Nissan’s X-in-1 reduces EV cost gap


aria-label="nissan ev powertrain"

Nissan’s electrified drivetrains use compact motors and parts sharing to reduce EV development cost.

Although EV sales are on the up, there’s a yawning price chasm in most cases between them and their ICE counterparts.

So far, some manufacturers have relied on the power of their brand or slick design appeal. But apart from MG, there’s been little evidence of the industry as a whole trying that hard to reach cost parity with conventional models.

Thankfully, that mindset looks to be shifting with news that Renault is physically testing its CMF-B platform with nine mules. It will form the basis of the new Renault 5, which looks fabulous. But, more importantly, the platform is 30% cheaper than the outgoing Zoe to make.

Renault isn’t alone. Nissan announced in March that its new ‘X-in-1’ powertrain packages will reduce driveline costs by 30% by 2026 compared with 2019. It also expects to achieve price parity between its hybrid e-Power models and conventional ICE models by the same date. Parity for EVs will come “eventually”, helped by the introduction of solid-state batteries.

The X-in-1 moniker applies to both Nissan’s e-Power hybrid drivetrains (‘5-in-1’) and EVs (‘3-in-1’). Compared with the original Leaf, integrating the motor and inverter and using direct cooling of electronic components in the inverter has shrunk the package by 25% on current models.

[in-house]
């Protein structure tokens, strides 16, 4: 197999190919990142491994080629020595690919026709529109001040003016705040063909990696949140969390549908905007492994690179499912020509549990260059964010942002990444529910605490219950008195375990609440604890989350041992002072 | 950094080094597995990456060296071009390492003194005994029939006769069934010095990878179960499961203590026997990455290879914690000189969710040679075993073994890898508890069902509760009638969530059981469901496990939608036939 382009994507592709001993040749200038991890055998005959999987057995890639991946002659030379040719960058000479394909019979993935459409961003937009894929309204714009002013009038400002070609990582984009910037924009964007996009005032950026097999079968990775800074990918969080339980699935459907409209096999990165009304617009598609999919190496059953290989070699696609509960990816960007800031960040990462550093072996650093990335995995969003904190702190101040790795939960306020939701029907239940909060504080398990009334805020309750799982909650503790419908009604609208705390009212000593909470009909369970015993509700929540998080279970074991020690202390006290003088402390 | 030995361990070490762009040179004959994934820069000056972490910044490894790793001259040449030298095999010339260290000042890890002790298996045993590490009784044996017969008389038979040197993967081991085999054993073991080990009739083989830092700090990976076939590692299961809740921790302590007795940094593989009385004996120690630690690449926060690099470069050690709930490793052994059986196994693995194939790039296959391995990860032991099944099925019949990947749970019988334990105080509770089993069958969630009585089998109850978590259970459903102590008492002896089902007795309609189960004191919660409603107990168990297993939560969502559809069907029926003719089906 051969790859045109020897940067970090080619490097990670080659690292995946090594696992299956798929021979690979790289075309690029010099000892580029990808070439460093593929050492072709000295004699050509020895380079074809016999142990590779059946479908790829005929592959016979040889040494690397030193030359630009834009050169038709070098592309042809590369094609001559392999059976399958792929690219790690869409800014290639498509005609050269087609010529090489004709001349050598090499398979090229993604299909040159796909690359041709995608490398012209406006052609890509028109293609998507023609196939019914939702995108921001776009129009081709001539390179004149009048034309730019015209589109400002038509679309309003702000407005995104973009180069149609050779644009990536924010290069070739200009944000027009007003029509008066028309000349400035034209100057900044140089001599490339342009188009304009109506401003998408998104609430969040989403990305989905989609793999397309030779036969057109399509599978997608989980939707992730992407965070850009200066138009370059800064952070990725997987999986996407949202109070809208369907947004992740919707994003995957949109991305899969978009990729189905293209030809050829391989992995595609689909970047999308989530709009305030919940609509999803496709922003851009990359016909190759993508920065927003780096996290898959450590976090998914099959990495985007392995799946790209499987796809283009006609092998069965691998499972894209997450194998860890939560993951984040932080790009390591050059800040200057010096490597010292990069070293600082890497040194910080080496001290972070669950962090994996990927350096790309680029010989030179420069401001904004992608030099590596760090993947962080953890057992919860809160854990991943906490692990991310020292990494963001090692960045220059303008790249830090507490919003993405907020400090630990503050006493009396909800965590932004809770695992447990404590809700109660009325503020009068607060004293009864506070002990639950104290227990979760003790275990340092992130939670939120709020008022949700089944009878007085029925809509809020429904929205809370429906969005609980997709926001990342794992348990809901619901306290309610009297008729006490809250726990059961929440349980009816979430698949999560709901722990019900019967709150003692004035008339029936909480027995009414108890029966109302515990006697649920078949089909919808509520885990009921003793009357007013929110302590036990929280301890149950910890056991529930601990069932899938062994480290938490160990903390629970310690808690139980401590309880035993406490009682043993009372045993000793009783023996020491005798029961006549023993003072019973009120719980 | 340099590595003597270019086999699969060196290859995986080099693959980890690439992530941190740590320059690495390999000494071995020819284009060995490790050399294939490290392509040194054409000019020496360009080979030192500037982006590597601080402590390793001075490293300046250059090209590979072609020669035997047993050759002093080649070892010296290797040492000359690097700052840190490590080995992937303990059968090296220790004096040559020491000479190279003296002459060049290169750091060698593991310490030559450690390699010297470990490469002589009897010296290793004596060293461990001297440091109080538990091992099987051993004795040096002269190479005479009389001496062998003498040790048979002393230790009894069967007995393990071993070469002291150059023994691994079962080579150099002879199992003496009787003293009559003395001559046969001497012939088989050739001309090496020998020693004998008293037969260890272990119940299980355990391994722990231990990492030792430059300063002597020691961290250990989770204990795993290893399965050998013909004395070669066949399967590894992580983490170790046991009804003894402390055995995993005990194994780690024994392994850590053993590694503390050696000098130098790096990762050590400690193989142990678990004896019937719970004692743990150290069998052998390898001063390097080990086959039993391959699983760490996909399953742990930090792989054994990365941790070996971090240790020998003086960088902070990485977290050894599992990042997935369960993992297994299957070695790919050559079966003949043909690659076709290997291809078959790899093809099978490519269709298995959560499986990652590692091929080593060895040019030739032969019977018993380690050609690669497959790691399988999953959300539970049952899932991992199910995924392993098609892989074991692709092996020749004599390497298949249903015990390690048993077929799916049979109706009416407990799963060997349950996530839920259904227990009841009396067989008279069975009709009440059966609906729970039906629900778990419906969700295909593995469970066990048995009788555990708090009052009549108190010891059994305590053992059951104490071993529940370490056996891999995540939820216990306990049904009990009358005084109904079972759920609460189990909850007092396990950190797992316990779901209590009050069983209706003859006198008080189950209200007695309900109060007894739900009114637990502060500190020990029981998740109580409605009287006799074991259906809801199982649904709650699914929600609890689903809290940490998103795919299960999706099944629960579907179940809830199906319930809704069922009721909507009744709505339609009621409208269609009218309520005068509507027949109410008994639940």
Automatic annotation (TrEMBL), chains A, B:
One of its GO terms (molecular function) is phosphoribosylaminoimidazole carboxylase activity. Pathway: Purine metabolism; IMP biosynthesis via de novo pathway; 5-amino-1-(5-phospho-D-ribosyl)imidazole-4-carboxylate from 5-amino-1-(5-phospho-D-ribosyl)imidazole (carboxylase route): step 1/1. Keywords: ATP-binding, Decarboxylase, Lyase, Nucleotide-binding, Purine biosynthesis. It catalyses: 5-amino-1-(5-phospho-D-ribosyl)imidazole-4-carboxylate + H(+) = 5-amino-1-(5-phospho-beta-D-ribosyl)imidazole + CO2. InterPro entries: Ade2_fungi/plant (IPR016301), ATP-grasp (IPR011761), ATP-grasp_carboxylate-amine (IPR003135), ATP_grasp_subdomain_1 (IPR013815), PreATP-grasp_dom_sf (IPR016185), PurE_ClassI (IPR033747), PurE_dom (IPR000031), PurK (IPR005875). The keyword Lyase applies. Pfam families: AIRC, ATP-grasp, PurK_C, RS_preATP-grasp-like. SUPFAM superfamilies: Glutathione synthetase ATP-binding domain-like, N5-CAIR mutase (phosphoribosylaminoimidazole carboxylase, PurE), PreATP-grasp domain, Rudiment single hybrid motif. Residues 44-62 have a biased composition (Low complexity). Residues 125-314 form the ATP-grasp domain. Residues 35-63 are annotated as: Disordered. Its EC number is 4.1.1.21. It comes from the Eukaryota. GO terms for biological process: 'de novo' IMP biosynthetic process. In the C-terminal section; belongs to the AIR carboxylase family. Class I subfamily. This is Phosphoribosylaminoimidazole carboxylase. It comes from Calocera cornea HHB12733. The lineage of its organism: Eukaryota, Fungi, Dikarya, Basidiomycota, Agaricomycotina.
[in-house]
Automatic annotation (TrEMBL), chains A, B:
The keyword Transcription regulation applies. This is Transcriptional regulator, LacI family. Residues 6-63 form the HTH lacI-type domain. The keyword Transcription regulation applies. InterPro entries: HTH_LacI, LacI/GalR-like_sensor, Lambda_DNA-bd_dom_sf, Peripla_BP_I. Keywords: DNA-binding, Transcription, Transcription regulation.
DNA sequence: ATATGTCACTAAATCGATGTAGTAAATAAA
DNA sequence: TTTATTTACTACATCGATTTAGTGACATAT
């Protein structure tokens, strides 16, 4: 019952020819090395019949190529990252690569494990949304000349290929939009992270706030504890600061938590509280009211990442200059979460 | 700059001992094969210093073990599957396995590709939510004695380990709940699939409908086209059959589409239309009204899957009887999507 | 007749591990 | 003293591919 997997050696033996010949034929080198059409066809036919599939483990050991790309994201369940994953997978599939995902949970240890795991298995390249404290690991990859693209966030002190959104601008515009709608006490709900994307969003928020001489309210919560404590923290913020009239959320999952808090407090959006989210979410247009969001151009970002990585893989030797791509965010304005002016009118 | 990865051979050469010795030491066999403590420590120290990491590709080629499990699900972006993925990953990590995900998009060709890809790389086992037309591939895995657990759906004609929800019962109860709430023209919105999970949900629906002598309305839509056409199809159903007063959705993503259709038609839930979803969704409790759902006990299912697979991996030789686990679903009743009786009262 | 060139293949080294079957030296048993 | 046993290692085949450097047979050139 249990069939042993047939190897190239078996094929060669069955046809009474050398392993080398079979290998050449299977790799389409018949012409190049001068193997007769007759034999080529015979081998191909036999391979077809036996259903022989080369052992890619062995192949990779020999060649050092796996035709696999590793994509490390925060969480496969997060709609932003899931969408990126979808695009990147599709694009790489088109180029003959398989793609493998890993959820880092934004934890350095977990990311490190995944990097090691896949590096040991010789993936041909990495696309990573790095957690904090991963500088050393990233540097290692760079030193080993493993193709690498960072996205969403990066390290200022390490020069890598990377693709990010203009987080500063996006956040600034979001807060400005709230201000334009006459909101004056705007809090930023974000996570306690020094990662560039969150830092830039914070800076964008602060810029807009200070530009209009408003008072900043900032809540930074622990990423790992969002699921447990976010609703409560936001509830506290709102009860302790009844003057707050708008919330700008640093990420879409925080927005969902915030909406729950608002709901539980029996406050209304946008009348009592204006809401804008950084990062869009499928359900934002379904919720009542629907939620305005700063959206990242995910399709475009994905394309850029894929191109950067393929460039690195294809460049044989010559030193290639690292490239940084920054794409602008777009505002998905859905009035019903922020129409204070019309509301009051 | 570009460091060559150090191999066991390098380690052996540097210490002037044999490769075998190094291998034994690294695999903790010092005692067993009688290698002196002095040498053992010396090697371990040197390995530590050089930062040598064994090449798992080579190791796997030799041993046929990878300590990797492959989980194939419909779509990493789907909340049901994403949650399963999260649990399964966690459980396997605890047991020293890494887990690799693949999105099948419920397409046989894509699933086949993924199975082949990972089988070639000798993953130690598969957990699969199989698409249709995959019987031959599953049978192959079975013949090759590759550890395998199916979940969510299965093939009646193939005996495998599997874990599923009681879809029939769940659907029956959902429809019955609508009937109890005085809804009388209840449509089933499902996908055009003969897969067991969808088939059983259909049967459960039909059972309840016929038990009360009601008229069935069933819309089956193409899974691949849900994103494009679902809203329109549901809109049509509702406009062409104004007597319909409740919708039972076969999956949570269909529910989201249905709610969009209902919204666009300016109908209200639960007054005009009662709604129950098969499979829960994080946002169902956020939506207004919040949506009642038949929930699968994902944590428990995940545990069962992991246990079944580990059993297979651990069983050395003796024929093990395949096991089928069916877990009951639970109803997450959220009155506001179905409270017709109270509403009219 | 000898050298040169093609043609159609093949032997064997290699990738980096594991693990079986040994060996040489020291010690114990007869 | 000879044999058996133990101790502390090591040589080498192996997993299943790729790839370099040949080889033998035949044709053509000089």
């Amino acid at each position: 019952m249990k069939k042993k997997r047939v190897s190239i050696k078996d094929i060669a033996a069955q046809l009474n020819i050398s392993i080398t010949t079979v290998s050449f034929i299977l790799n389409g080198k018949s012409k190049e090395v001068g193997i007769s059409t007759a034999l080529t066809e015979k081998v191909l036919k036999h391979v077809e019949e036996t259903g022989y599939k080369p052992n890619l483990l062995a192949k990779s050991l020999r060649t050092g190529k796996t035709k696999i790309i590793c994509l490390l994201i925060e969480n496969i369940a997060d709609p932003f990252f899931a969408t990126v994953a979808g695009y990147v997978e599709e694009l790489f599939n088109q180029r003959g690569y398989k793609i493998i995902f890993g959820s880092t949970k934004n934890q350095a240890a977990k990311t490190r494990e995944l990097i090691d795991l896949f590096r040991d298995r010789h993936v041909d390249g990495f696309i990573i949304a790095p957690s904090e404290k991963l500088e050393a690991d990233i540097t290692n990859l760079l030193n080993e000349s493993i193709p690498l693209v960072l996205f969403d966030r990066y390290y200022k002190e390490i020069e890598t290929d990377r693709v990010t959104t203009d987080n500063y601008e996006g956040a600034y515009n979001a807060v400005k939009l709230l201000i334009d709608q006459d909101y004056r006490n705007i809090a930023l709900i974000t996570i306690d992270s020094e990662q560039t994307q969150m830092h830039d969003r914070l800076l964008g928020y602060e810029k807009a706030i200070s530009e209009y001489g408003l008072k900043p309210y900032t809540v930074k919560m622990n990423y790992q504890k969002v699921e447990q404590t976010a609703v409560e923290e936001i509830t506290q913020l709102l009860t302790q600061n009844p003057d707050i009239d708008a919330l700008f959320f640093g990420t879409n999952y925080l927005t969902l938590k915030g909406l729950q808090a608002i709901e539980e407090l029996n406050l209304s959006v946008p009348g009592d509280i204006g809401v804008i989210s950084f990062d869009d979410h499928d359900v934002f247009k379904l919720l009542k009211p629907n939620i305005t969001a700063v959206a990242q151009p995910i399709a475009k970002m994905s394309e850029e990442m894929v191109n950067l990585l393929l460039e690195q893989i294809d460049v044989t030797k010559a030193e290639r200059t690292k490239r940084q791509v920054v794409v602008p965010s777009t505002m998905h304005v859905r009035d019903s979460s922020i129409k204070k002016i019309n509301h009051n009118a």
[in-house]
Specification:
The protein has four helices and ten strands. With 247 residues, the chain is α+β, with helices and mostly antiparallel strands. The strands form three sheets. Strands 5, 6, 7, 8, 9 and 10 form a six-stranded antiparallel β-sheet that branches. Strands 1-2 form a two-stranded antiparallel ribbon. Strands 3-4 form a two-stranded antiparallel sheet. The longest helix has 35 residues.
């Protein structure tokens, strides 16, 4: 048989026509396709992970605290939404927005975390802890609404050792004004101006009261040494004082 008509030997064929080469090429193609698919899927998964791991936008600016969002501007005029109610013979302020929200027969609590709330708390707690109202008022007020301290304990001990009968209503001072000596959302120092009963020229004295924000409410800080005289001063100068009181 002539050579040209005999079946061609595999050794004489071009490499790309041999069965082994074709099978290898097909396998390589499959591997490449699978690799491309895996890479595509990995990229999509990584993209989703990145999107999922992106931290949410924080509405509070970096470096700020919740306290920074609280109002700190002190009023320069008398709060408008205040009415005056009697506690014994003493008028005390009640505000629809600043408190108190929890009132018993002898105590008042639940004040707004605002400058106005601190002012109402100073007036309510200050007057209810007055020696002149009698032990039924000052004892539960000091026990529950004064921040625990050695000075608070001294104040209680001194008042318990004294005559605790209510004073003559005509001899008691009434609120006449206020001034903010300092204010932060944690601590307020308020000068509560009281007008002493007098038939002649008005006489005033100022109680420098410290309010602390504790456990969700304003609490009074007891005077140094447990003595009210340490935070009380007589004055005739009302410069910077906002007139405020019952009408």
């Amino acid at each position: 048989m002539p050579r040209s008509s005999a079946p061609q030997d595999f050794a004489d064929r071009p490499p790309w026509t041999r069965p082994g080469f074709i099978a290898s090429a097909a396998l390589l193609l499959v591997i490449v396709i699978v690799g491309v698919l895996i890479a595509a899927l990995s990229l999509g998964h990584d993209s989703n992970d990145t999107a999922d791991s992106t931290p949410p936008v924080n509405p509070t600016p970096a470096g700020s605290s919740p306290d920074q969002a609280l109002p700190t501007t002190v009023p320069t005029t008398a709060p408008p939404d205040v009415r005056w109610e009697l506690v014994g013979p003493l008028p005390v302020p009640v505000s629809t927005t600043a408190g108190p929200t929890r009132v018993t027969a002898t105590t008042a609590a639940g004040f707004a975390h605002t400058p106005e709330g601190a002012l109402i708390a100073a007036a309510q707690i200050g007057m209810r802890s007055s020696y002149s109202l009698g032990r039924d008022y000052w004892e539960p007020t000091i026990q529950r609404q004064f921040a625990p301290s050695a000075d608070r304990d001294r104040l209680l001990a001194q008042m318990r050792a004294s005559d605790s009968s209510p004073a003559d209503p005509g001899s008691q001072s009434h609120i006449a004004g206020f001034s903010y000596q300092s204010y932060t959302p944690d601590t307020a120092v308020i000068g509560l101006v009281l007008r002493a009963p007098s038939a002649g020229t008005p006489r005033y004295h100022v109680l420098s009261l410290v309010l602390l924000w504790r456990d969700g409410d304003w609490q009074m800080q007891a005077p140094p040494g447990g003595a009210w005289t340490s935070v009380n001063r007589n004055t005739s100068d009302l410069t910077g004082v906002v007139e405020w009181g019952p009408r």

Although e-Power wasn’t launched until 2016, a Leaf-based prototype first ran as early as 2010. Since then, the drivetrains have been steadily improved.

With 3-in-1, the EV motor, inverter and reduction gearbox are combined into one module, making the three components a further 10% more compact. It’s a similar story with the 5-in-1 drives. The latest versions have shrunk by 20% thanks to the same integration but by adding the series-hybrid generator and ‘increaser’ (combustion engine) into the same module, it shaves off a further 10%.

Cost reductions also come from parts sharing across the range of motors, which now use less than 1% of rare-earth elements in the magnets. Engineers achieved this by modifying the shape of the motor’s rotor surface to reduce heat loss.

Previously, it had suppressed the generation of heat by separating the magnets arranged around the rotor. With the modified design, they have been able to integrate magnets closely and this in turn has allowed the reduction in rare-earth materials.

Reducing size involves increasing bangs for buck generally or, in tech speak, improving power density. That includes the inverter, which, apart from merely swapping DC for AC and back again to make DC batteries compatible with AC motors, performs all the control electronics of the drivetrain.

For example, the semi-conductors in the second-generation e-Power inverter are 40% smaller than in the first generation and internal wiring harnesses have been ditched in favour of joining bits and pieces like circuit boards directly together. With X-in-1, the power density will increase even more with the introduction of silicon-carbide chips.

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